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Multilevel Modeling

11. Multiple Spatial Contexts

To appreciate the importance and implications of including this additional spatial level (at level-3), a series of graphical typologies is developed (Subramanian, Duncan et al., 2001). For the purpose of clarity and ease of understanding, we start with the simple case, shown in Figure 8, in which we assume that the differences between places (at both the spatial levels) are the same for both the social class groups. We continue with the use of the term ‘neighborhoods’ to represent level-2 spatial units, and introduce the term ‘regions’ to represent level-3 spatial units.

In Figure 8, the y-axis represents the individual score for poor health, the solid thick line representing the fixed average, the thinner solid lines representing the regions, while the dashed and the dotted lines represent neighborhoods within those regions.

In Figure 8(a) it can be seen that while regions vary significantly around the average line, such that one is high (Region-B) and one is low (Region-A), the neighborhoods within each lie close to their respective region lines. This suggests that there is no need to include neighborhoods as a level, and that a structure of individuals nested within regions is sufficient to capture the main source of geographic variation.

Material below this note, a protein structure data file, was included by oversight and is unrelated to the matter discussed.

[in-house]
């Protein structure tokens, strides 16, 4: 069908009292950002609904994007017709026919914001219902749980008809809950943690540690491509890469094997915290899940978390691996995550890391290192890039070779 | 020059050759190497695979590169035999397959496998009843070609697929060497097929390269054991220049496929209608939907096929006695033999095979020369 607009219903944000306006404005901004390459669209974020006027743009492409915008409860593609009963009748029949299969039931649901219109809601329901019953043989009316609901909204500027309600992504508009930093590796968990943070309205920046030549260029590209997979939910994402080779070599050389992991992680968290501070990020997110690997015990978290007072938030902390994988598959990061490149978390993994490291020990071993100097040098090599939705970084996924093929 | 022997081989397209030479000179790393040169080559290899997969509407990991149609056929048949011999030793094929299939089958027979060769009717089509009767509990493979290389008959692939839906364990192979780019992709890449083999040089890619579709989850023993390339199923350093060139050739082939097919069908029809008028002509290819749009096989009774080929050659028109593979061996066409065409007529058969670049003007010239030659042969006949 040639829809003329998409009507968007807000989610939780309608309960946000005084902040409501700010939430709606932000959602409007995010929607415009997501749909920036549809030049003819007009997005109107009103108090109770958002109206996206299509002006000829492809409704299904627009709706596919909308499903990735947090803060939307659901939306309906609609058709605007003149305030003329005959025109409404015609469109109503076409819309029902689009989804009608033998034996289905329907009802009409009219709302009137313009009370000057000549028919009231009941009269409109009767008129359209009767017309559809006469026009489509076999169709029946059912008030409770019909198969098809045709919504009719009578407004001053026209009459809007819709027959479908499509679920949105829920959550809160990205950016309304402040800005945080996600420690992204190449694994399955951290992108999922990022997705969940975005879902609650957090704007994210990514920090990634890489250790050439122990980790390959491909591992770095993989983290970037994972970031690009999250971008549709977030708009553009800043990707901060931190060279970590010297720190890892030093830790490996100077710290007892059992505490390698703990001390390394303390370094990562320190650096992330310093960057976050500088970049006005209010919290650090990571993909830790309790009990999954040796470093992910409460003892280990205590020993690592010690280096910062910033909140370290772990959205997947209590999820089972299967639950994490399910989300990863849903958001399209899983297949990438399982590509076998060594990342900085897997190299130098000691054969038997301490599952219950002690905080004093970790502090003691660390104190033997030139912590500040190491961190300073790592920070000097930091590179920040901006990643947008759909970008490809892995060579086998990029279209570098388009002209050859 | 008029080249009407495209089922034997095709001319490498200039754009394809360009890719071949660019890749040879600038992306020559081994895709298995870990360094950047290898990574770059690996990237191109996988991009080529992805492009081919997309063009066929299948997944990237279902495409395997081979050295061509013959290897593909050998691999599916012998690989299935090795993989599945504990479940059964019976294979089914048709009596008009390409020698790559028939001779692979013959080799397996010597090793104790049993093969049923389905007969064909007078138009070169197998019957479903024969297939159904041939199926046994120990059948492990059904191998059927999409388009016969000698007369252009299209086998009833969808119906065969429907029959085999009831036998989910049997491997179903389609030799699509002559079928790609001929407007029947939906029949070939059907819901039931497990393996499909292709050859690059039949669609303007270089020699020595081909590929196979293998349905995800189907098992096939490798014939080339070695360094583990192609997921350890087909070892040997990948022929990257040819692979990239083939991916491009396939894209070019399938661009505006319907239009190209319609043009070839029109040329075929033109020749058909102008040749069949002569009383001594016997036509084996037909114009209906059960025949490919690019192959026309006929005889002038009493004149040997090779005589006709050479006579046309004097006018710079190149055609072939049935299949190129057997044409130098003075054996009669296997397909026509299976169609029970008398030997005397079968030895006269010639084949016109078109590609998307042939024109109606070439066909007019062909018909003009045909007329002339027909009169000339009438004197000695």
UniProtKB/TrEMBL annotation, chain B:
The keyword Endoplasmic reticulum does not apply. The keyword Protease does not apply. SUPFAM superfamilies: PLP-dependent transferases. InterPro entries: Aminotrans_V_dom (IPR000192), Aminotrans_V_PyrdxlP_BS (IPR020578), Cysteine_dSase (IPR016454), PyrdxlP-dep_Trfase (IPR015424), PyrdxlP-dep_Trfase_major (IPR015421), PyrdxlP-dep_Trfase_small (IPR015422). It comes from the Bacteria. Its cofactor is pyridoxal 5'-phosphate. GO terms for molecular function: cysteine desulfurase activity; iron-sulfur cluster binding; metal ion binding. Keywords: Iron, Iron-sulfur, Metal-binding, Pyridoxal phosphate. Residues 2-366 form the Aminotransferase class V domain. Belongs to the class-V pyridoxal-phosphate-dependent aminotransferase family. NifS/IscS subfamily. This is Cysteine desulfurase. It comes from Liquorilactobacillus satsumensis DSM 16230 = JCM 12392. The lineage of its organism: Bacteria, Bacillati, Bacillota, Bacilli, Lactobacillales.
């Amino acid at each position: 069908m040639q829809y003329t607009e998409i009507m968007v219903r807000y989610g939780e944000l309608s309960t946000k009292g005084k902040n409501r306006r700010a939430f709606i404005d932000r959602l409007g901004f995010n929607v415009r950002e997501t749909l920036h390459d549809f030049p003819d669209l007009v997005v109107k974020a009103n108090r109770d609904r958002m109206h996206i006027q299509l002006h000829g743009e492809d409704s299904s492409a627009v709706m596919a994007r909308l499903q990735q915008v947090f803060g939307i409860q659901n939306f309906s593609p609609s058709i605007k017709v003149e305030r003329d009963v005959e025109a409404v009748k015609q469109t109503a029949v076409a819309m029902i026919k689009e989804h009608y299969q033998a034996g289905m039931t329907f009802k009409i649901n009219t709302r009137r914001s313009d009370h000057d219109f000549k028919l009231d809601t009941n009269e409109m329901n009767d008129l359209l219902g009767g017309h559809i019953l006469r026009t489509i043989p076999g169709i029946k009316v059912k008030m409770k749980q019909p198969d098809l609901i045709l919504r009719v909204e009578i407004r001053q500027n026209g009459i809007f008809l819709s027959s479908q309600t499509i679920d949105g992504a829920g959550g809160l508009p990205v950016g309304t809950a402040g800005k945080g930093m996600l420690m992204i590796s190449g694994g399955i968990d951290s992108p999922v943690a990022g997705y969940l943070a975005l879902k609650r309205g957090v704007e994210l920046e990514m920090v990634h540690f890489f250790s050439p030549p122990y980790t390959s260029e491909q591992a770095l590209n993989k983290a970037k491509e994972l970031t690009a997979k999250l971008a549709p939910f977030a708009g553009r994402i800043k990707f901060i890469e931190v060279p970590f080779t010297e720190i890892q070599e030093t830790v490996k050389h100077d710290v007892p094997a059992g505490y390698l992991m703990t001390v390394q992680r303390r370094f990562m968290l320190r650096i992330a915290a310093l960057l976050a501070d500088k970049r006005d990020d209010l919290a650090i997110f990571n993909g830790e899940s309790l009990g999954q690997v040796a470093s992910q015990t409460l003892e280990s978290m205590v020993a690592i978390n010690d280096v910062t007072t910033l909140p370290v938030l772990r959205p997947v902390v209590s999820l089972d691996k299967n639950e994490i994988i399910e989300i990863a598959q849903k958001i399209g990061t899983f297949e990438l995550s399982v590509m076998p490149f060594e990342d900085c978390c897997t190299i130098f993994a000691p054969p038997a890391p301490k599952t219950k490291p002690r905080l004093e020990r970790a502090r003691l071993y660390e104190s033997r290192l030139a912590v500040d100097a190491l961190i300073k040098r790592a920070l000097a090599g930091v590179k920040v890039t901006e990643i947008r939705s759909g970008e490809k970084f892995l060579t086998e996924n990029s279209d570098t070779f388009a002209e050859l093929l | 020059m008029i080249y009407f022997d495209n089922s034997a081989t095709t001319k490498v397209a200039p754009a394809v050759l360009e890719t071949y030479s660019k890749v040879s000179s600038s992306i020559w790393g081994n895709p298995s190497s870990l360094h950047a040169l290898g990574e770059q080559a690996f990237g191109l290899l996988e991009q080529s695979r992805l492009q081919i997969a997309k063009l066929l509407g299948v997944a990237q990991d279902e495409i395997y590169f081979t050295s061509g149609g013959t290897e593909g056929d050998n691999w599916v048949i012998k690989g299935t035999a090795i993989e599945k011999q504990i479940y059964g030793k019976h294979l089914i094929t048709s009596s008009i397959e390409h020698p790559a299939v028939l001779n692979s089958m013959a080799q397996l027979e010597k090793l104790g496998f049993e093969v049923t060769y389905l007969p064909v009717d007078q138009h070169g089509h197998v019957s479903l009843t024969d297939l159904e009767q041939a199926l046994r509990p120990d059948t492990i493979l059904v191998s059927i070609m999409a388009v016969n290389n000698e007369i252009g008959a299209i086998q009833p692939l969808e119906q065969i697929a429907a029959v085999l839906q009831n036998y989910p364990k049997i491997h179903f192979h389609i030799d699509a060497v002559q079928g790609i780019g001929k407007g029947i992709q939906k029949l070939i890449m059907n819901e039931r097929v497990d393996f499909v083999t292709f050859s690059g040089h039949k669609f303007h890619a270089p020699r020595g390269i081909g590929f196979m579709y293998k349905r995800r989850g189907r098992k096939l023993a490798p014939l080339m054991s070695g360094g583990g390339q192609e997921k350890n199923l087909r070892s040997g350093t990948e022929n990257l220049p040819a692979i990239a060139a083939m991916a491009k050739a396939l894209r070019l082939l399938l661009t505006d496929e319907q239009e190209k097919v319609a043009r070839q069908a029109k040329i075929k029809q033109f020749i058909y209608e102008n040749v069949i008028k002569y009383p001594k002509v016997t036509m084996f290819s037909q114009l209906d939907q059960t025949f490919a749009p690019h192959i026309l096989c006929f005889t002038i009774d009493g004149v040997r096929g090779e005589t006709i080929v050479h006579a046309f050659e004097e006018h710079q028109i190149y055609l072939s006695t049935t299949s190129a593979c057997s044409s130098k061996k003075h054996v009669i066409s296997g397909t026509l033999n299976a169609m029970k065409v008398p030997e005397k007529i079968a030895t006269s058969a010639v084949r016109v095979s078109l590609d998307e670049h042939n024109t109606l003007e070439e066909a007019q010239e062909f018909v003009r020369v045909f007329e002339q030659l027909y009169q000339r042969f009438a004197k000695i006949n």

Figure 8a

Figure showing that regions vary significantly around the average line, such that one is high (Region-B) and one is low (Region-A), the neighborhoods within each lie close to their respective region lines as discussed in the text.

In Figure 8(b), the converse is portrayed; while the differences between regions are insignificant (i.e., they are grouped close to the overall average line), those between neighborhoods are substantial. This would suggest the greater importance of neighborhood level compared to region level.

Figure 8b

Figure showing small between region and large between neighborhood-within region variation as described in the text.

Finally, Figure 8(c) anticipates a situation with significant variation at both region and neighborhood levels. While the relative importance of each might vary, both levels need to be included in an empirical model.

Figure 8c

Figure showing significant between region and between neighborhood within region as described in text.

Subramanian, S. V., Duncan, C., et al. (2001) Multilevel perspectives on modeling census data. Environment and Planning A 33(3): 399-417.